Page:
Sure, there are sushi rolls, but Japanese seafood restaurant Sakana Lab offers much more. Matt Surrusco and photographer Lim Sokchanlina grab a booth and sample an assorted catch of fresh seafood from sashimi to sake-steamed clams.
While classic Japanese seafood is its focus, Sakana Lab is also an experiment in offering quality fish dishes at a reasonable price, says owner Yugo Ota.
To do that, Ota receives fish directly from Sihanoukville fishers every two days and Tokyo suppliers three times a week.
Sakana, which means fish in Japanese, is not just a business, adds the owner, who hails from Sapporo, Japan.
Ota has opened a total of eight restaurants in Phnom Penh since he moved to Cambodia about five years ago. He’s since sold six, now running Sakana, which opened in October, and its nearby, more upscale sister, Sushi Lab, which has been open for about 14 months.
The newer eatery, an old Khmer house in the capital’s BKK 1 district, was renovated to resemble an old Japanese country house, Ota says. With comfortable seating for 62 people across two floors, including couches on the balcony and cosy leather booths downstairs, Sakana is great for dates and even better for groups.
With plates to share among two ($12) or four people ($23), a sashimi entree offers a rotating assortment of raw fish, which tastes as good as it looks, silky and smooth.
On a Friday in December, the entree for two included two pieces of tuna, salmon, amberjack, grouper, soi fish and vinegar-marinated mackerel, two prawns and one oyster, the latter generously doused in Ponzu sauce and olive oil.
To start with a spicy kick, the cold tofu with fish tartare ($3.50) is composed of four cubes of tofu topped with a spread of white fish, shallot, Chinese chili sauce and soy sauce. The tofu was light and the tartare, full of salty, spicy flavour.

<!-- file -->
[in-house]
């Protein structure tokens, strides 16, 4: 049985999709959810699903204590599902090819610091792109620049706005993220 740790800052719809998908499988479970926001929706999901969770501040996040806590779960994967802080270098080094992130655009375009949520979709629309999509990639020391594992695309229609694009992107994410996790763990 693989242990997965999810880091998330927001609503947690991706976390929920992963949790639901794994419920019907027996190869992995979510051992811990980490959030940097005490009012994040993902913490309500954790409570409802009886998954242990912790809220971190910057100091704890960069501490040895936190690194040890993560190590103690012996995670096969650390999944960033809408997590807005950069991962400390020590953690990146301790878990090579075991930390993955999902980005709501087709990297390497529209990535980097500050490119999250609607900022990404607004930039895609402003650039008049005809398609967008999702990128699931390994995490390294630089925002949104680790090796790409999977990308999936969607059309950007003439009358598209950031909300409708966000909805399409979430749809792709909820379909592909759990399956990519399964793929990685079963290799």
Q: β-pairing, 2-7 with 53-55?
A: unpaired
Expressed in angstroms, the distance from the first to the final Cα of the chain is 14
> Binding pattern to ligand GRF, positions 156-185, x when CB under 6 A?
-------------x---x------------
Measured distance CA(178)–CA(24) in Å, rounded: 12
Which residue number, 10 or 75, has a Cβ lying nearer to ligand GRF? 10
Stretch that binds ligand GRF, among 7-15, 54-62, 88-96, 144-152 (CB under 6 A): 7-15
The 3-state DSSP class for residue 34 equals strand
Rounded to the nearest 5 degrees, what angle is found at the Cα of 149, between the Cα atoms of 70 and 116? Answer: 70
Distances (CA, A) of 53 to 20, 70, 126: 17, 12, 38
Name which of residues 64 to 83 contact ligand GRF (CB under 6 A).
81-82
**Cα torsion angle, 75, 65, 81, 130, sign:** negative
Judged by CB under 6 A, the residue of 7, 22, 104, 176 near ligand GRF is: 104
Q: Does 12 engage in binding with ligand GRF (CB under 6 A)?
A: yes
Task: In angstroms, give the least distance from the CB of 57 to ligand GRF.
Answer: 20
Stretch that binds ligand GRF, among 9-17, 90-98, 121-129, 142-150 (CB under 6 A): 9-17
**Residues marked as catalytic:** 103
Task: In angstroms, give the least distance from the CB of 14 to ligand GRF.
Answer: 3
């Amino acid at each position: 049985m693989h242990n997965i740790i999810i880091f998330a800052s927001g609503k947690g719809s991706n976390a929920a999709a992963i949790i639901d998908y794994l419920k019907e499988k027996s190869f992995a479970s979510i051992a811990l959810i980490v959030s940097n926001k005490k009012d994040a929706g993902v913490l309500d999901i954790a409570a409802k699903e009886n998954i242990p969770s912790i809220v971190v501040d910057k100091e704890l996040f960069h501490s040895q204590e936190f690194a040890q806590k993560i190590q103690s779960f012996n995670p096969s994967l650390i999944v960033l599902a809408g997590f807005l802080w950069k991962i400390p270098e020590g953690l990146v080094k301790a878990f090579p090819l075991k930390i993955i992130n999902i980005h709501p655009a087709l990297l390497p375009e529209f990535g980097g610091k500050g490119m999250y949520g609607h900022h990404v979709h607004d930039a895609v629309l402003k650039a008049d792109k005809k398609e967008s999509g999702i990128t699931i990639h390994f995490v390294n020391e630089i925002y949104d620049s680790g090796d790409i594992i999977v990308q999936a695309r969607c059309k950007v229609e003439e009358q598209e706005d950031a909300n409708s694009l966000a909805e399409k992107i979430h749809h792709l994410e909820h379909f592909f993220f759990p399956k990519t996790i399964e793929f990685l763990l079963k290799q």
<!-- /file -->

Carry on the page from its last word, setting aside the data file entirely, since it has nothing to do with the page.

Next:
The menu offers a half-dozen typical sushi rolls, but if you can’t decide which to order, ask for the Sakana Lab roll ($8), which includes the works: salmon, tuna, eel, crab meat, avocado, cucumber, flying fish egg, pickled radish and sprouts. It’s a challenge to fit in your mouth, but the varied tastes make it worth the struggle.
With plenty to share among two or three people, depending on how much you love shellfish, the pot of sake-steamed clams ($6) is filled with Sihanoukville-sourced molluscs drowned in Japanese sake, fish stock and soy sauce – the alcohol boils off, Ota assures.
The mixed shrimp and vegetable tempura ($6) consists of two fist-sized nests of deep-fried stringy vegetables and Cambodian river shrimp, served with a bowl of tempura sauce and grated radish, green tea salt and curry salt for adding to taste.
The strings of leek, pumpkin, onion, carrot and asparagus are disguised by the fried tempura coating, but still offer a bit of diversity in flavour.
So, for those seeking a new Japanese joint in Phnom Penh, who are looking for something more than sushi, test out Sakana Lab.
You’re sure to see the food is fresh, filling and quite fantastic.